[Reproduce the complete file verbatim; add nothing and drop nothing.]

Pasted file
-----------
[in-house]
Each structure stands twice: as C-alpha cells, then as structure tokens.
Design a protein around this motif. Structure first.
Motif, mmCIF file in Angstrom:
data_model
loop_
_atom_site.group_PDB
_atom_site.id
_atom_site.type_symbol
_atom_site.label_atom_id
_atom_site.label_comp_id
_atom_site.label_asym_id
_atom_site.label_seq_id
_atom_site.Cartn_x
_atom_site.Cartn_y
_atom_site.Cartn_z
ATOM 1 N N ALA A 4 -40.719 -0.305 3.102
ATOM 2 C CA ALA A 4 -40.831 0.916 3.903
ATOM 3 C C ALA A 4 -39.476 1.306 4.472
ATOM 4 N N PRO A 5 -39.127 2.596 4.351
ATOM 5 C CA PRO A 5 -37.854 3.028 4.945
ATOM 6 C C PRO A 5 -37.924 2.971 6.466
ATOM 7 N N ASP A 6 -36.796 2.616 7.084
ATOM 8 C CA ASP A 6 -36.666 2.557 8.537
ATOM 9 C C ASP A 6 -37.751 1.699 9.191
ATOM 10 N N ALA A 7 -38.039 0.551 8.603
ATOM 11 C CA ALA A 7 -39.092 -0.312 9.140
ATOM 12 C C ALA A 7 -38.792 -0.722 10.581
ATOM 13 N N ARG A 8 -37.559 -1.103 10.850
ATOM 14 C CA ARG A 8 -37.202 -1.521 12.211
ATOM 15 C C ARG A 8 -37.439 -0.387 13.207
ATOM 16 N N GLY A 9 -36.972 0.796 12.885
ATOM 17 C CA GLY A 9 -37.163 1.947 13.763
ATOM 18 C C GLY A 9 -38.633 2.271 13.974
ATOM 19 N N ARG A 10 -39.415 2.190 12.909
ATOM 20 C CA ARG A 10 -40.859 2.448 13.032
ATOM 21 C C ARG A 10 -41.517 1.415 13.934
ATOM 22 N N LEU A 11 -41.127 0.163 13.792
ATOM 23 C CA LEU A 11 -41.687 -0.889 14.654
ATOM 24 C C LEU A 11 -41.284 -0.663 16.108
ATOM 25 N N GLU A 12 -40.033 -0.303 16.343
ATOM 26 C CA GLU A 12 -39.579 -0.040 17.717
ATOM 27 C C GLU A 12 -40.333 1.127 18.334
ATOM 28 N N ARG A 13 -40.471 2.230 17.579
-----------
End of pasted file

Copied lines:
[in-house]
Each structure stands twice: as C-alpha cells, then as structure tokens.
Design a protein around this motif. Structure first.
Motif, mmCIF file in Angstrom:
data_model
loop_
_atom_site.group_PDB
_atom_site.id
_atom_site.type_symbol
_atom_site.label_atom_id
_atom_site.label_comp_id
_atom_site.label_asym_id
_atom_site.label_seq_id
_atom_site.Cartn_x
_atom_site.Cartn_y
_atom_site.Cartn_z
ATOM 1 N N ALA A 4 -40.719 -0.305 3.102
ATOM 2 C CA ALA A 4 -40.831 0.916 3.903
ATOM 3 C C ALA A 4 -39.476 1.306 4.472
ATOM 4 N N PRO A 5 -39.127 2.596 4.351
ATOM 5 C CA PRO A 5 -37.854 3.028 4.945
ATOM 6 C C PRO A 5 -37.924 2.971 6.466
ATOM 7 N N ASP A 6 -36.796 2.616 7.084
ATOM 8 C CA ASP A 6 -36.666 2.557 8.537
ATOM 9 C C ASP A 6 -37.751 1.699 9.191
ATOM 10 N N ALA A 7 -38.039 0.551 8.603
ATOM 11 C CA ALA A 7 -39.092 -0.312 9.140
ATOM 12 C C ALA A 7 -38.792 -0.722 10.581
ATOM 13 N N ARG A 8 -37.559 -1.103 10.850
ATOM 14 C CA ARG A 8 -37.202 -1.521 12.211
ATOM 15 C C ARG A 8 -37.439 -0.387 13.207
ATOM 16 N N GLY A 9 -36.972 0.796 12.885
ATOM 17 C CA GLY A 9 -37.163 1.947 13.763
ATOM 18 C C GLY A 9 -38.633 2.271 13.974
ATOM 19 N N ARG A 10 -39.415 2.190 12.909
ATOM 20 C CA ARG A 10 -40.859 2.448 13.032
ATOM 21 C C ARG A 10 -41.517 1.415 13.934
ATOM 22 N N LEU A 11 -41.127 0.163 13.792
ATOM 23 C CA LEU A 11 -41.687 -0.889 14.654
ATOM 24 C C LEU A 11 -41.284 -0.663 16.108
ATOM 25 N N GLU A 12 -40.033 -0.303 16.343
ATOM 26 C CA GLU A 12 -39.579 -0.040 17.717
ATOM 27 C C GLU A 12 -40.333 1.127 18.334
ATOM 28 N N ARG A 13 -40.471 2.230 17.579